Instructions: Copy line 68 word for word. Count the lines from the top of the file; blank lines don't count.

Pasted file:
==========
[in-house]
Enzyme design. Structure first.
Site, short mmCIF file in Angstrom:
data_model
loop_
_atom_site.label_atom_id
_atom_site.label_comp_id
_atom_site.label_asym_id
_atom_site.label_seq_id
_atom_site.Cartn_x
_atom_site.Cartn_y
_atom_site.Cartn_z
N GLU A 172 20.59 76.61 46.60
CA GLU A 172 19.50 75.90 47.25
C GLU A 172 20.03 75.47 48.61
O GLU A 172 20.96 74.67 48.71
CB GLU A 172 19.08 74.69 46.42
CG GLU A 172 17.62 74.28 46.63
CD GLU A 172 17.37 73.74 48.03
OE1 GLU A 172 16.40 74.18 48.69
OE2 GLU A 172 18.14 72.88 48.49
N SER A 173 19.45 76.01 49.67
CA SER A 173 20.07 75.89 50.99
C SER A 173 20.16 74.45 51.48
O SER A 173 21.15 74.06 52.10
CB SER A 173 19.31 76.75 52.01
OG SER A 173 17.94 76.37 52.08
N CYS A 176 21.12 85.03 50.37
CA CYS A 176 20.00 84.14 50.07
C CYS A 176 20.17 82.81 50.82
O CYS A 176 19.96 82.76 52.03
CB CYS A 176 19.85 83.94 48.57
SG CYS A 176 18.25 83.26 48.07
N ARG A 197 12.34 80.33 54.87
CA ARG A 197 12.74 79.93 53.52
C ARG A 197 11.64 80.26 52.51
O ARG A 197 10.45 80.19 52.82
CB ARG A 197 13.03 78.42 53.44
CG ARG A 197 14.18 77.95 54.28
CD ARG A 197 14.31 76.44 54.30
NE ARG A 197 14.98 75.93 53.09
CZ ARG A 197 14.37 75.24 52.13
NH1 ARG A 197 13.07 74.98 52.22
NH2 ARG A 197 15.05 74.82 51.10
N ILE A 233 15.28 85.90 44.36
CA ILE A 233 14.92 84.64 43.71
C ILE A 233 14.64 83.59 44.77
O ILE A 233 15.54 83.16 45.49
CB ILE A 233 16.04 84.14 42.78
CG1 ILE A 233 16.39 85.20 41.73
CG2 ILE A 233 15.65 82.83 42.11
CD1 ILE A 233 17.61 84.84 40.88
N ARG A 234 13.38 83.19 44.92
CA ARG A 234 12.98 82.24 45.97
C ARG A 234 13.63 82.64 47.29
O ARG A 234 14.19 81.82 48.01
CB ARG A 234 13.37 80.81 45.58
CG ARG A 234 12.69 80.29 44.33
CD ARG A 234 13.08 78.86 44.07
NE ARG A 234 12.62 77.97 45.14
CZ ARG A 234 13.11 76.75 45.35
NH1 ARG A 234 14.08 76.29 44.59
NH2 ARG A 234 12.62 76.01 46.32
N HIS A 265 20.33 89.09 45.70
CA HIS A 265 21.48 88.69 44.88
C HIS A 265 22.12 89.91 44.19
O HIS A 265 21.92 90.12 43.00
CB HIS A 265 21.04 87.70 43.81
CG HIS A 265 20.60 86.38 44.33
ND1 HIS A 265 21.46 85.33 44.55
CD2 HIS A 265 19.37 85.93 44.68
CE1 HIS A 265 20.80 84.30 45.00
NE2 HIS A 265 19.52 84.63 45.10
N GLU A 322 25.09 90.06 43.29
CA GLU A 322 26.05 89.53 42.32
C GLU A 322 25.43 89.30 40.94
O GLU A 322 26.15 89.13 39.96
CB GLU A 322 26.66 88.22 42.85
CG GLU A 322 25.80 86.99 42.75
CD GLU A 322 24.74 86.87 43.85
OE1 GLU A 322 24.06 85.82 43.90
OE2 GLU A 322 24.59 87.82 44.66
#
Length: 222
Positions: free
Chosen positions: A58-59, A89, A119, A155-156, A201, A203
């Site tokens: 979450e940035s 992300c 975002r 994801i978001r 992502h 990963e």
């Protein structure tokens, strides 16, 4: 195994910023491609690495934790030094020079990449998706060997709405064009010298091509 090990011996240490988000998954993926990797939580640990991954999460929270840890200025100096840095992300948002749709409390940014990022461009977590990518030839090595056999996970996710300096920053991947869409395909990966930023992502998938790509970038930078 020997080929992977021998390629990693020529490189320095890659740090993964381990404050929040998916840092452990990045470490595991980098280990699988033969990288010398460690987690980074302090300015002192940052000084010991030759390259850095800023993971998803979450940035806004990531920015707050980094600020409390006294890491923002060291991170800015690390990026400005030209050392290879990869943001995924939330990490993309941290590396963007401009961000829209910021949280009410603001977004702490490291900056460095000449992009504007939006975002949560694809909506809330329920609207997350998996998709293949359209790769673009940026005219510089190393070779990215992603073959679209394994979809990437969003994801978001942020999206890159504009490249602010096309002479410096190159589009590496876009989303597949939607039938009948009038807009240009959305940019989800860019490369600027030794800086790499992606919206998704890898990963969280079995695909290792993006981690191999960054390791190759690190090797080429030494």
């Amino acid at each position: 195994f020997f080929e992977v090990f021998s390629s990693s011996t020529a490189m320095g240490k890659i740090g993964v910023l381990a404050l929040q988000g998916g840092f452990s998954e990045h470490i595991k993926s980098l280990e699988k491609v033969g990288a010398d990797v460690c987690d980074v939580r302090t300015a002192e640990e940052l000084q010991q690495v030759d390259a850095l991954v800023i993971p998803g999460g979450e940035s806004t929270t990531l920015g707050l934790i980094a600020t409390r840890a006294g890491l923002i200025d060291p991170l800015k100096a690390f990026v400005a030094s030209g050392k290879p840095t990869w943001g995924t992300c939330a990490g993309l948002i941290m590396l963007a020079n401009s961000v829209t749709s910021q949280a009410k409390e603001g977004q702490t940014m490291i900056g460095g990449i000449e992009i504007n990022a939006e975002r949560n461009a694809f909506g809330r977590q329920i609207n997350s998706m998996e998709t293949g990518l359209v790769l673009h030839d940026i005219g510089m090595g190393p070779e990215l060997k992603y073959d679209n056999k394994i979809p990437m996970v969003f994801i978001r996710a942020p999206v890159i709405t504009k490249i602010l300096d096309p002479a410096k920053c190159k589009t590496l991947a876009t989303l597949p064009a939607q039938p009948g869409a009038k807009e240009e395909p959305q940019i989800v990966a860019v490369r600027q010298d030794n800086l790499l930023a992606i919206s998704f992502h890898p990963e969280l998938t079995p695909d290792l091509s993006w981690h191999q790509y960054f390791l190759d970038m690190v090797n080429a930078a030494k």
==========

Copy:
CB HIS A 265 21.04 87.70 43.81